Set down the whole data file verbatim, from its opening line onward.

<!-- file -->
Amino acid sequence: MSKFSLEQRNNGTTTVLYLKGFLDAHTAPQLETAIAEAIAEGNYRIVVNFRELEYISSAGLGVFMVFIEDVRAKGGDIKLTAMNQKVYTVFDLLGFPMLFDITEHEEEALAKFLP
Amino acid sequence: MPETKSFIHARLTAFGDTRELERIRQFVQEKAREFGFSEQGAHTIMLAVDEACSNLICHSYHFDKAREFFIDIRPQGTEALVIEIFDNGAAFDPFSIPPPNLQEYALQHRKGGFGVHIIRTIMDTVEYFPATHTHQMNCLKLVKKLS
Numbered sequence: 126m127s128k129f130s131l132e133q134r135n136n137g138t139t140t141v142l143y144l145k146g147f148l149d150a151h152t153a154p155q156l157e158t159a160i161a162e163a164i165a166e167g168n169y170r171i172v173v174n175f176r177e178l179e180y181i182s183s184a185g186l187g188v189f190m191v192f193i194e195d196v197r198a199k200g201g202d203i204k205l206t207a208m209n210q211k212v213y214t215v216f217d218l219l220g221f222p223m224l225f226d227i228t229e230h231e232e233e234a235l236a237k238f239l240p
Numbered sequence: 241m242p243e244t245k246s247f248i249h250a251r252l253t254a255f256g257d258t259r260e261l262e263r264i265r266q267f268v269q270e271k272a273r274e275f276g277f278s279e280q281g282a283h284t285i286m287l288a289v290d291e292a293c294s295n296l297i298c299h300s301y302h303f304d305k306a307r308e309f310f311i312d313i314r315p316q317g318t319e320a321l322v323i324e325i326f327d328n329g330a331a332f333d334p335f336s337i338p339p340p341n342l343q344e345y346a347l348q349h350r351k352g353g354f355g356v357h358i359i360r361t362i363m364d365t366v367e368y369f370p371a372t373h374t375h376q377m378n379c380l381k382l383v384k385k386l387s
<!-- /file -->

Amino acid sequence: MSKFSLEQRNNGTTTVLYLKGFLDAHTAPQLETAIAEAIAEGNYRIVVNFRELEYISSAGLGVFMVFIEDVRAKGGDIKLTAMNQKVYTVFDLLGFPMLFDITEHEEEALAKFLP
Amino acid sequence: MPETKSFIHARLTAFGDTRELERIRQFVQEKAREFGFSEQGAHTIMLAVDEACSNLICHSYHFDKAREFFIDIRPQGTEALVIEIFDNGAAFDPFSIPPPNLQEYALQHRKGGFGVHIIRTIMDTVEYFPATHTHQMNCLKLVKKLS
Numbered sequence: 126m127s128k129f130s131l132e133q134r135n136n137g138t139t140t141v142l143y144l145k146g147f148l149d150a151h152t153a154p155q156l157e158t159a160i161a162e163a164i165a166e167g168n169y170r171i172v173v174n175f176r177e178l179e180y181i182s183s184a185g186l187g188v189f190m191v192f193i194e195d196v197r198a199k200g201g202d203i204k205l206t207a208m209n210q211k212v213y214t215v216f217d218l219l220g221f222p223m224l225f226d227i228t229e230h231e232e233e234a235l236a237k238f239l240p
Numbered sequence: 241m242p243e244t245k246s247f248i249h250a251r252l253t254a255f256g257d258t259r260e261l262e263r264i265r266q267f268v269q270e271k272a273r274e275f276g277f278s279e280q281g282a283h284t285i286m287l288a289v290d291e292a293c294s295n296l297i298c299h300s301y302h303f304d305k306a307r308e309f310f311i312d313i314r315p316q317g318t319e320a321l322v323i324e325i326f327d328n329g330a331a332f333d334p335f336s337i338p339p340p341n342l343q344e345y346a347l348q349h350r351k352g353g354f355g356v357h358i359i360r361t362i363m364d365t366v367e368y369f370p371a372t373h374t375h376q377m378n379c380l381k382l383v384k385k386l387s